Tag Archives: gender

Sense8 – The full spectrum of life and love

Although I have done work on the astonishing Netflix television series, Sense8 (a play on ‘sensate’) before, it was restricted to the first season. Since then, I have viewed the Christmas Special, the second season, as well as the two-and-a-half hour conclusion-substitute for a third season (which was ‘inexplicably’ cancelled by Netflix), Love Conquers All,…

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The Place of Sara Baartman at UCT

The label “Hottentot Venus” continues to haunt our memory of Sara Baartman. This moniker, used in Jean Reaux’s posters to advertise the exhibit of Sara, may have been repudiated by renowned scholars such as Pumla Dineo Gqola, Zine Magubane, Yvette Abrahams, Patricia Hill Collins, Sander Gilman among others, but it has persisted as the lens…

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Male feminist tears

Jay Naidoo’s recent article ‘I thought I was a feminist – until I heard their stories’ requires a response. Whilst Naidoo’s article starts out with considered space being given to the stories of the women who shared accounts of their abuse, and is positive in its reflections on what men can do to support women,…

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Asinakuthula umhlab’ubolile: the poetry of Nontsizi Mgqwetho

Kaulirol’iqinga Siwavun’amazimba Hoha Mrs M. Maxeke Mti omde orara wakulo Deborah Bhikica emva kwabavumi Mrs M. Maxeke Ze nengcwaba lamagqwira Libe ndaweninye (Ho, Mrs M. Maxeke, Tall, bitter tree, Deborah’s sister, Give us advice On harvesting crops Glean in the wake of the reapers Mrs M. Maxeke So every witch Drops down dead) These are…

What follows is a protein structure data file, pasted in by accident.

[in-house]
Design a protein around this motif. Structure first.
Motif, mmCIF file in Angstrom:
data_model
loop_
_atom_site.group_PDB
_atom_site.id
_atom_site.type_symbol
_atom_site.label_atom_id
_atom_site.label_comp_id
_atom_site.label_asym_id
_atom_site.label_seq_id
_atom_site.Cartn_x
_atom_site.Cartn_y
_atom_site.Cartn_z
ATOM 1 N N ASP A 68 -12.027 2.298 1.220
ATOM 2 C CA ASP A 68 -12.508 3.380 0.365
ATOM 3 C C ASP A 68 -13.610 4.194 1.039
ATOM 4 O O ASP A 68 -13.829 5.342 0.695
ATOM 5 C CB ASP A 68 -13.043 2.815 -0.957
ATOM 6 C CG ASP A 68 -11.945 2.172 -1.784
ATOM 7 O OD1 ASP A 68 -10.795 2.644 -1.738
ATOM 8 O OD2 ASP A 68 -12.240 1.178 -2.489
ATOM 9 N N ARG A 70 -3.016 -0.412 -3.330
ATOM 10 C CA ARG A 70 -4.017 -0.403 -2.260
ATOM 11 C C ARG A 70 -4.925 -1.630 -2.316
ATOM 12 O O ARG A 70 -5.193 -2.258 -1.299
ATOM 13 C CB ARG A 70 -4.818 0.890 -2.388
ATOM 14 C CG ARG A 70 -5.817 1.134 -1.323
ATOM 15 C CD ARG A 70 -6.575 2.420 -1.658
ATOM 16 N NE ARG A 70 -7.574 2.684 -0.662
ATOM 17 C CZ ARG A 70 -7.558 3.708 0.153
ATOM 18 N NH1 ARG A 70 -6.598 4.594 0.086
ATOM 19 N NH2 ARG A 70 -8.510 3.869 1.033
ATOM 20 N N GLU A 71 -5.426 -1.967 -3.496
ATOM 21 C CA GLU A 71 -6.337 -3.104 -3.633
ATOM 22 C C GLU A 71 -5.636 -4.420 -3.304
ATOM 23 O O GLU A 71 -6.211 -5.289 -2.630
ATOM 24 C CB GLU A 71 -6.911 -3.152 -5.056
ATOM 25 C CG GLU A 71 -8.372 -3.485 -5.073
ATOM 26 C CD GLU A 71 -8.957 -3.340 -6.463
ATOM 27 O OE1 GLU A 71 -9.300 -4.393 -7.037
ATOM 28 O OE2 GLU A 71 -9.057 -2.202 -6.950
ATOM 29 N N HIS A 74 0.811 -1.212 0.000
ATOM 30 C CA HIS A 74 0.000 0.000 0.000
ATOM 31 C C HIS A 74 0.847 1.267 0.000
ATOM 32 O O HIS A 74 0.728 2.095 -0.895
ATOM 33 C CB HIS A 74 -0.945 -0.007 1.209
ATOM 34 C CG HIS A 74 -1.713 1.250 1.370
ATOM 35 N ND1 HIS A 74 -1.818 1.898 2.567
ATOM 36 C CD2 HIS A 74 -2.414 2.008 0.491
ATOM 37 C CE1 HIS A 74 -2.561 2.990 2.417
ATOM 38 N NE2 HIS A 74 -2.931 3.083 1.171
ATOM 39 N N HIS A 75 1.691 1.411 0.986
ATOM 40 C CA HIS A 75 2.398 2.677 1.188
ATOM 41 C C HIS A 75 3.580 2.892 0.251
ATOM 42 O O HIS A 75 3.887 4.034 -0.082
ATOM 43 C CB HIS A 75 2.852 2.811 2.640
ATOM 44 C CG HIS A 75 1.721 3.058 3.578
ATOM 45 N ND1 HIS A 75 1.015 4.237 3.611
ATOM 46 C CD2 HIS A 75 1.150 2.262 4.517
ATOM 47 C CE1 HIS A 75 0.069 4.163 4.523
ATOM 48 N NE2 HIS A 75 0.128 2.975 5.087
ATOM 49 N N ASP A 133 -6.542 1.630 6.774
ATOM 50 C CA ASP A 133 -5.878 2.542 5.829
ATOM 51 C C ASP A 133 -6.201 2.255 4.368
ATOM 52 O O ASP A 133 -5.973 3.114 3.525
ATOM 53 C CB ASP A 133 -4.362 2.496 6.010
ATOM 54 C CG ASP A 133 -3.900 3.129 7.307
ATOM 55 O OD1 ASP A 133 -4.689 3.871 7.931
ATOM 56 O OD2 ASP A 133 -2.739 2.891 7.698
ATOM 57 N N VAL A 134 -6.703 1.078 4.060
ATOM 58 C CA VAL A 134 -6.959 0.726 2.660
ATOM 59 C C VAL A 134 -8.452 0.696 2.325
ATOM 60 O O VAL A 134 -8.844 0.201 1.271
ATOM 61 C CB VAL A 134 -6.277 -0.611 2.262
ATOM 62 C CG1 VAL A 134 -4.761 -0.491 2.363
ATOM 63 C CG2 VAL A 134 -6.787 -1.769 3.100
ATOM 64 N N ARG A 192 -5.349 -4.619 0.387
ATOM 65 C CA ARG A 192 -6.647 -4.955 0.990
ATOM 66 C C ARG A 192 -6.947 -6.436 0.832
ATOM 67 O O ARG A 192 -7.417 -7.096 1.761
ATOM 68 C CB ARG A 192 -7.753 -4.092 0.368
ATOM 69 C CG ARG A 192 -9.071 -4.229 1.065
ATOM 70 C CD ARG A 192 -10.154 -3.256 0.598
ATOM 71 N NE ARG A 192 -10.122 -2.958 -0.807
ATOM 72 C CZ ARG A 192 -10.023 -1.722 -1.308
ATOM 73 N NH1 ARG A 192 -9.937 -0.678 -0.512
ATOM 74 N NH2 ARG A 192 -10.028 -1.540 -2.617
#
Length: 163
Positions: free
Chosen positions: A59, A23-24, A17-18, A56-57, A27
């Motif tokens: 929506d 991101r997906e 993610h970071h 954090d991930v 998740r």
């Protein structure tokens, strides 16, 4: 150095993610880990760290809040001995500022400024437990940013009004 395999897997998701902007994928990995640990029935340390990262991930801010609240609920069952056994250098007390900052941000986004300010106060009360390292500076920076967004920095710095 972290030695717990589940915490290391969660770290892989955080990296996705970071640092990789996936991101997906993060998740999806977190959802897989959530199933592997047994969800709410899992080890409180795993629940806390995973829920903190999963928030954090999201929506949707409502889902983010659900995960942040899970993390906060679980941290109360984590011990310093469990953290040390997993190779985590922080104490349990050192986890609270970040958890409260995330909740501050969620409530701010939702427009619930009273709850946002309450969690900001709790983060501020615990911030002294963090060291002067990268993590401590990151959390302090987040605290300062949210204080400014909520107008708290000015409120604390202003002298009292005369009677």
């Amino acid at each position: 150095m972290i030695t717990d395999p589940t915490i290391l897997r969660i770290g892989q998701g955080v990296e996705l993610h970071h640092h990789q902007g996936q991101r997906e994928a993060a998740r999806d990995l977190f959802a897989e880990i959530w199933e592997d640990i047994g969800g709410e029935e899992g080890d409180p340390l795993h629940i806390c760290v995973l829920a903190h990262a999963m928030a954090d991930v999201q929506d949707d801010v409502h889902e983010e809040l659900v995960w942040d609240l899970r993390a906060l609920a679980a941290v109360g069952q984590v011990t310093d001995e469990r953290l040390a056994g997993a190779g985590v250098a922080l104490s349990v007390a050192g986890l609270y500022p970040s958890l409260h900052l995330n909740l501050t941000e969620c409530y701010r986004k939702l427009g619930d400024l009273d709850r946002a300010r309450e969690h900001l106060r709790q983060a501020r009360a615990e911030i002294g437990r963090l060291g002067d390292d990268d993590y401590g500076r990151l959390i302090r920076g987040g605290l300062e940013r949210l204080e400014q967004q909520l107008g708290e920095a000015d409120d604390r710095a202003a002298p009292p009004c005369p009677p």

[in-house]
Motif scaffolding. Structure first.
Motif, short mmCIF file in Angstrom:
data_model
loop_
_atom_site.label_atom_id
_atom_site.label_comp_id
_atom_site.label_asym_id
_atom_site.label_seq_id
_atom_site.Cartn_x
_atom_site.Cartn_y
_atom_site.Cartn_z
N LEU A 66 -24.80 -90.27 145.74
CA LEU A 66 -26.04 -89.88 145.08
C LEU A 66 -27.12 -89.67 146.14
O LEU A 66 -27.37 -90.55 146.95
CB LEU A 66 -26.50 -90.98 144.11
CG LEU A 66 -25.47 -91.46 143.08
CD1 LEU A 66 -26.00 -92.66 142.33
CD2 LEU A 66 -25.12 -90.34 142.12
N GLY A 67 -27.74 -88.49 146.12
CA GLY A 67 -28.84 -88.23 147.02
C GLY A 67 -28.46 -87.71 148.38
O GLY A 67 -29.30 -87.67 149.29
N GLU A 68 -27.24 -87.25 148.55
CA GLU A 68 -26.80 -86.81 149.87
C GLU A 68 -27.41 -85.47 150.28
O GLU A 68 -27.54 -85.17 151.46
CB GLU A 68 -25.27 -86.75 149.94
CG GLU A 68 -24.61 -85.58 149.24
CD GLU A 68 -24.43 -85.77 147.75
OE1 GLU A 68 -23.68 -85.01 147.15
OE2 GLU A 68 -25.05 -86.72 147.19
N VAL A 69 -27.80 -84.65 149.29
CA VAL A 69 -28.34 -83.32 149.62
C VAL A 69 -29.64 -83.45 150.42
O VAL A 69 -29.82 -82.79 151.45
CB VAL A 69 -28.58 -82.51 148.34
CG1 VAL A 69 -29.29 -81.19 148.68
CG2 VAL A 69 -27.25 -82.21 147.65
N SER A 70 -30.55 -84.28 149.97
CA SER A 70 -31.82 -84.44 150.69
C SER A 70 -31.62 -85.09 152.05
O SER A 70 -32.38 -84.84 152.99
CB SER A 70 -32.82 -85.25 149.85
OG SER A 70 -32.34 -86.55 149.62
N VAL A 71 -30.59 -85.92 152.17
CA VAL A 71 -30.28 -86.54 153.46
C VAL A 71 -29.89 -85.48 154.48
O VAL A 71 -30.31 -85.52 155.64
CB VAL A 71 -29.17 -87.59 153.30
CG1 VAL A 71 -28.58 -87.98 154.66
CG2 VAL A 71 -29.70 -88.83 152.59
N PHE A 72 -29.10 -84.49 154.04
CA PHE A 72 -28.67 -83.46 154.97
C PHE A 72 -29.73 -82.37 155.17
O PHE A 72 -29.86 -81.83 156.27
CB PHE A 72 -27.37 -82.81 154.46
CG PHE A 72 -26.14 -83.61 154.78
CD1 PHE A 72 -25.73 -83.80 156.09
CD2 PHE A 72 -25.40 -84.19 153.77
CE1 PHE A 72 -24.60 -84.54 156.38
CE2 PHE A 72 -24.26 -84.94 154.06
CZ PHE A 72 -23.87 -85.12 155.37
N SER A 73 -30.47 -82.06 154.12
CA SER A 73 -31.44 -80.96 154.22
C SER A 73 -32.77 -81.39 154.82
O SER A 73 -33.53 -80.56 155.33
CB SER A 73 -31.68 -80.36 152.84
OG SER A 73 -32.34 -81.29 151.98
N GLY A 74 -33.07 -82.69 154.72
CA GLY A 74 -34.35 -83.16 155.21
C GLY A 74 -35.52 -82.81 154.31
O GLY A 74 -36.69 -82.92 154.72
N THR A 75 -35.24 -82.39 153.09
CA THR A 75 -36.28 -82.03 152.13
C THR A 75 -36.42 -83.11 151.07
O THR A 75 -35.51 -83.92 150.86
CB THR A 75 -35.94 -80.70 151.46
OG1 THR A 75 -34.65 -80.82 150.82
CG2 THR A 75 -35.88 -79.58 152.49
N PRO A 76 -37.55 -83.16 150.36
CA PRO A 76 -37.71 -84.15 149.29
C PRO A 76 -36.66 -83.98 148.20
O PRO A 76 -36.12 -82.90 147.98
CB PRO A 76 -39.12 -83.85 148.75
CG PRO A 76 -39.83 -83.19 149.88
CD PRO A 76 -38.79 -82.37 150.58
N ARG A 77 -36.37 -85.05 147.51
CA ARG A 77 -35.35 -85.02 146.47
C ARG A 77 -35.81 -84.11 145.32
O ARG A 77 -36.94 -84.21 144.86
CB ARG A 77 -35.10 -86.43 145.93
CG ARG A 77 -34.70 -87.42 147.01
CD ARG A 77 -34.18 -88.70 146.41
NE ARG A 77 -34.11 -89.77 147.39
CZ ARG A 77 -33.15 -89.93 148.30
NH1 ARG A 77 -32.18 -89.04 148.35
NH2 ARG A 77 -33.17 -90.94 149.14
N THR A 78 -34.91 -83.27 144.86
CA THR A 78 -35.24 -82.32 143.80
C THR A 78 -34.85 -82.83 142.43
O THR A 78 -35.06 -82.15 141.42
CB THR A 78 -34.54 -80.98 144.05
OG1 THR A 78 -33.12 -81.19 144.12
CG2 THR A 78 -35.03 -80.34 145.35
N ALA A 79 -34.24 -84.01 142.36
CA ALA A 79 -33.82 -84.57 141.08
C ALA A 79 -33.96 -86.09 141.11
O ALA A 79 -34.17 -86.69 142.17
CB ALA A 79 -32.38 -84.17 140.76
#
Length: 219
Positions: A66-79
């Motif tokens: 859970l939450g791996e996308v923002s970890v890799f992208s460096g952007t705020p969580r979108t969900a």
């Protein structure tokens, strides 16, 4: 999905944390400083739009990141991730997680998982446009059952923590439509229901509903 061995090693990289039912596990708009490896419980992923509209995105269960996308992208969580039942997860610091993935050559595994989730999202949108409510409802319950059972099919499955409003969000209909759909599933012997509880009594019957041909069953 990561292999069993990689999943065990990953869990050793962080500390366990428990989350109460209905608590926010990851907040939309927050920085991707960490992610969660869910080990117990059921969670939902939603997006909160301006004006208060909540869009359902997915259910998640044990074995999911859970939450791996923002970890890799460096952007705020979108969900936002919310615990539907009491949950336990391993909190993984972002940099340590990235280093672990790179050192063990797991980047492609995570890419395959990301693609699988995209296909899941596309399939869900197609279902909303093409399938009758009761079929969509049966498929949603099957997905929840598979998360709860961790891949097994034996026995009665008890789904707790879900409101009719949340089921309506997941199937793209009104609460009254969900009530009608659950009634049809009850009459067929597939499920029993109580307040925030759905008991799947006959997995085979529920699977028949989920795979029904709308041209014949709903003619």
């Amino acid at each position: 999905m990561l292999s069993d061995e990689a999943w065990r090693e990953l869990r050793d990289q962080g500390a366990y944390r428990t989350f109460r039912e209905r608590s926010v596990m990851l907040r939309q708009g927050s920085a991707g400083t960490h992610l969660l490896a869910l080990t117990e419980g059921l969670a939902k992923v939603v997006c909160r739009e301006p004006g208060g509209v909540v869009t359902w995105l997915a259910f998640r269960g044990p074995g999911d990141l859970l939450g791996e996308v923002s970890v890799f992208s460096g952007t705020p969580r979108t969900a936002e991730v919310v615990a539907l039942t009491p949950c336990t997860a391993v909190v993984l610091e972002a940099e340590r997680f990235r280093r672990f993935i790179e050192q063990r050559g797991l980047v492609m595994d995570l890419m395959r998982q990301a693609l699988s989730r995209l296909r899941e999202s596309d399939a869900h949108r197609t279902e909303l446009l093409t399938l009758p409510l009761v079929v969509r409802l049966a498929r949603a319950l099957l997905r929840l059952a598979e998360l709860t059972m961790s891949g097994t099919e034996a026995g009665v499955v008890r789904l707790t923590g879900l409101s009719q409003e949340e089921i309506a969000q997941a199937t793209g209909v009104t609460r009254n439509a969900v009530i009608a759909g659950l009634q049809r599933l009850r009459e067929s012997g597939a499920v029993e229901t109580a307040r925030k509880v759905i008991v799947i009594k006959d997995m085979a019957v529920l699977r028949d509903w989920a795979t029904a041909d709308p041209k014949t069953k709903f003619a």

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On black excellence: Charlotte Mannya Maxeke

I’ve been reading Zubeida Jaffer’s biography of Charlotte Mannya Maxeke, Beauty of the Heart. I was very excited at the prospect of finally having a book available about a woman who is mostly known through the hospital that is named after her in Johannesburg. Beyond the hospital naming, I doubt she is a household name….

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Approaching women’s month: The misconception about the politically connected women

As we creep towards August the question of women’s empowerment will come to the fore the same way young people become the flavour of the month during June. These conversations will be recycled versions of the conversations that have been happening for many decades in South Africa and will mostly resemble the conversation between Sakina…

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Ubuntu and eco-feminism as an antidote to neoliberalism

How many people have noticed that neoliberal capitalism undermines the values of ubuntu (“I am because others are”) as a traditional African practice? And how many know that ubuntu and ecofeminism share some fundamental principles and values? I know of at least one such person, and her work in this regard is extremely significant. In…

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We’re all born naked, everything else is (a) drag

By Pierre Brouard When Caitlyn Jenner recently visited the Academy for Young Writers, an LGBTI-friendly school in a working-class New York neighbourhood, she was expecting some flak. In particular, from two youngsters, living non-binary lives, who had been vocal in their criticisms of her. Caitlyn was privileged, they said, had made disparaging remarks about “men…

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Rape, the South African nightmare

By the time I was in matric three of my friends had told me they had been raped. Not by strangers in some dark alley the way I imagined rape happened. They were raped by people who were in their inner circle: friends, acquaintances. When I was in Grade 11 someone I knew was gang…

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This is not all that Gyna sapiens (‘thinking woman’) is capable of

How the human species – Gyna and Homo sapiens (thinking woman and man), supposedly – have come down in the world. It does not take a genius to grasp this, although I daresay most geniuses would not waste their time with evidence supporting my statement, above; they probably have better things to do. What I’m…

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